Clearly you should use extreme force like the police to keep you safe like them.
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Old 1st May 2019, 08:29 AM   #99
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Originally Posted by Bob001 View Post
I think most of us here agree that the cop was wildly unjustified and deserves hard time.
Most do. Some are pretty clearly trying to downplay it. My position is that it does not matter how sleepy she was, or where she thought she was, or any of the flatulent mitigations offered. She killed a guy that posed no imminent threat. That's murder. Not just unjustified, or reckless, or negligent, or whoopsie-daisy inadvertent killing. Murder.
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Old 1st May 2019, 08:41 AM   #100
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Originally Posted by Bob001 View Post
Subject for discussion: If she had stepped out of the apartment and pulled the door closed after she shot him, would she ever have been caught? How long would it have taken? There were no security cameras, and even if neighbors had heard shots, they didn't see anything. She could have claimed that she went home to her unit, heard "what sounded like shots," and went upstairs to investigate. If neighbors peered out they would have seen a uniformed police officer investigating a suspicious noise. I suspect that we could be in a different place today if she had kept her wits about her. (Of course, if she had any wits she wouldn't have shot anybody in the first place.)
Ballistic evidence presumably would have tied the bullet that killed him to her gun. Of course, if they believed her story, it's possible that her gun wouldn't have been checked.
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Old 1st May 2019, 08:45 AM   #101
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Originally Posted by Thermal View Post
Its usually doors with decorative glass inserts. They theorize that someone will break through two layers of glass and reach in to turn the deadbolt by hand. Some worry about toddlers locking people out. Both are possible, but getting trapped inside during an emergency trumps those concerns, IMO
I once lived in a rental house that had deadbolts that required a key for the inside. I didn't lock them when I was inside; just the lock on the doorknob, because I was concerned about getting out quickly in the event of a fire.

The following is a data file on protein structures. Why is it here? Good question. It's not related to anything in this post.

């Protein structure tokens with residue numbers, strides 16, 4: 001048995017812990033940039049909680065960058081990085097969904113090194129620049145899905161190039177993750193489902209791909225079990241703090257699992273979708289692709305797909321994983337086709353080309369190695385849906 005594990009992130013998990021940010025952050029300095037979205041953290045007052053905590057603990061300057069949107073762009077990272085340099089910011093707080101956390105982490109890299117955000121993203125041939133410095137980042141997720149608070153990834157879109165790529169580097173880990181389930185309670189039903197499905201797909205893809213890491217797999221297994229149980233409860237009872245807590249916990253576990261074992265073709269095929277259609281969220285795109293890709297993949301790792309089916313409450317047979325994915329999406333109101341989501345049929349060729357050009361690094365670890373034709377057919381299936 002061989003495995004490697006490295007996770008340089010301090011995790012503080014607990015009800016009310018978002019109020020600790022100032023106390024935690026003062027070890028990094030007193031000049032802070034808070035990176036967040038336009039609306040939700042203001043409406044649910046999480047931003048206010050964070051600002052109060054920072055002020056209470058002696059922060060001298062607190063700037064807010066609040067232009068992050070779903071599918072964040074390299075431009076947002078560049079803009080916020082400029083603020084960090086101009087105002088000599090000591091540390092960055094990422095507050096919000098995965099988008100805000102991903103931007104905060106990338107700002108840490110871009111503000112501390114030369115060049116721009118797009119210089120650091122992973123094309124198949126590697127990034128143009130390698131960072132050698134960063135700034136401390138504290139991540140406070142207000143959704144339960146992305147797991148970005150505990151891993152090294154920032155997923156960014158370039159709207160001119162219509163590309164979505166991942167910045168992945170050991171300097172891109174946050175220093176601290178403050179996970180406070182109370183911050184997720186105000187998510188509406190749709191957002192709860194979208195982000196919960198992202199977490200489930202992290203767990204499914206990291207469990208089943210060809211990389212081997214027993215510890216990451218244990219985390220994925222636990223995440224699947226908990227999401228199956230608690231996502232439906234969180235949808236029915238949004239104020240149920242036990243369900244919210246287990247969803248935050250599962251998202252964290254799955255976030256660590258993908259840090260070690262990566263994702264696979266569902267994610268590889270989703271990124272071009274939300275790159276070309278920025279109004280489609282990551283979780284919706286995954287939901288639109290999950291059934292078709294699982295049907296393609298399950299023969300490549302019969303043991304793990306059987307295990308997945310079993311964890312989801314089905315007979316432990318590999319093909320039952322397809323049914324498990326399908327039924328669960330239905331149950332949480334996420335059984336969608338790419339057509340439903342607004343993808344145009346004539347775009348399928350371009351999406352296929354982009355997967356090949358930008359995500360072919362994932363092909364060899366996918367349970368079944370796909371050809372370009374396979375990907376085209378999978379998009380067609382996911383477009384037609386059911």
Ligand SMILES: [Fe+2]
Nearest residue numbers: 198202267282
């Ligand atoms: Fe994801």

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Old 1st May 2019, 09:54 AM   #102
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It's different states and different situations, but the guilty verdict for the Minneapolis police officer in the other thread might be instructive. Seems like a somewhat similar situation, a scaredy-cat cop guns down an unarmed person they shouldn't have. I'd note that Noor was convicted on the less severe end of the murder spectrum and is only facing up to 20 years.

Guyger's case might be treated more harshly in that she was essentially trespassing during her instance of trigger happy overreactions.
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Old 1st May 2019, 09:59 AM   #103
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Originally Posted by bignickel View Post
It was on one of these discussion threads in this sub-fora, probably one of the "USA police acting badly" threads.

I wish when you searched for words using the search feature, it took you to the very post with the words, rather than page 1 of a 30 page thread. Makes it pretty useless.
It can take you the actual post.
It depends on if you click on the thread name or on the post title.
I just tested it and it will happily take me to the exact post.
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Old 1st May 2019, 10:06 AM   #104
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Originally Posted by SuburbanTurkey View Post
Guyger's case might be treated more harshly in that she was essentially trespassing during her instance of trigger happy overreactions.
Yes but we've been told in very specific terms by a half dozen people who totally aren't saying she should walk that she... pause for dramatic effect thought something different, therefore being the Lathe of Heaven her thoughts create the reality she has to be judged by because reasons.
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Old 1st May 2019, 10:12 AM   #105
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Originally Posted by JoeMorgue View Post
Yes but we've been told in very specific terms by a half dozen people who totally aren't saying she should walk that she... pause for dramatic effect thought something different, therefore being the Lathe of Heaven her thoughts create the reality she has to be judged by because reasons.
Seems exceedingly likely that her state of mind and lack of mens rea will very much play into her defense. I'd imagine her attorney would rather have the jury believe that extreme negligence and split second reactions lead to the death of the victim rather than malice.

Arguments over her faulty assumptions and intentions could very well be the difference in many years of prison time. Noor will presumably leave prison with many years of life to live a free man which would not be the case had he been convicted of a more severe form of murder. In Guyger's case, a similar outcome might be considered a success by the defense.
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Old 1st May 2019, 10:19 AM   #106
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Originally Posted by SuburbanTurkey View Post
Seems exceedingly likely that her state of mind and lack of mens rea will very much play into her defense. I'd imagine her attorney would rather have the jury believe that extreme negligence and split second reactions lead to the death of the victim rather than malice.